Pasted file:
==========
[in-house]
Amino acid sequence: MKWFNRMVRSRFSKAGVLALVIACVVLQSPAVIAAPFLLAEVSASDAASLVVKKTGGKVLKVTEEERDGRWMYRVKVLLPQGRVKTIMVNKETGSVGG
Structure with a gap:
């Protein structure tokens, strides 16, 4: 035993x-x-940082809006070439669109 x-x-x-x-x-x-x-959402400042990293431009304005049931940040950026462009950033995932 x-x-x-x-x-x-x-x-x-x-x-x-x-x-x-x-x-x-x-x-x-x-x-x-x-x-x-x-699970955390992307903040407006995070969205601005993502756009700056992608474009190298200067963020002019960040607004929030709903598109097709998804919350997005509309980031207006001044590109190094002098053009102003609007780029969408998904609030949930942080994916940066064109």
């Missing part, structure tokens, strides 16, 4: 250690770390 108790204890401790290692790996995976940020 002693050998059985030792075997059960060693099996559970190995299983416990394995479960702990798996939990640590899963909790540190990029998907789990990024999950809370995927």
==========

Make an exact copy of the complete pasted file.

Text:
[in-house]
Amino acid sequence: MKWFNRMVRSRFSKAGVLALVIACVVLQSPAVIAAPFLLAEVSASDAASLVVKKTGGKVLKVTEEERDGRWMYRVKVLLPQGRVKTIMVNKETGSVGG
Structure with a gap:
């Protein structure tokens, strides 16, 4: 035993x-x-940082809006070439669109 x-x-x-x-x-x-x-959402400042990293431009304005049931940040950026462009950033995932 x-x-x-x-x-x-x-x-x-x-x-x-x-x-x-x-x-x-x-x-x-x-x-x-x-x-x-x-699970955390992307903040407006995070969205601005993502756009700056992608474009190298200067963020002019960040607004929030709903598109097709998804919350997005509309980031207006001044590109190094002098053009102003609007780029969408998904609030949930942080994916940066064109």
């Missing part, structure tokens, strides 16, 4: 250690770390 108790204890401790290692790996995976940020 002693050998059985030792075997059960060693099996559970190995299983416990394995479960702990798996939990640590899963909790540190990029998907789990990024999950809370995927």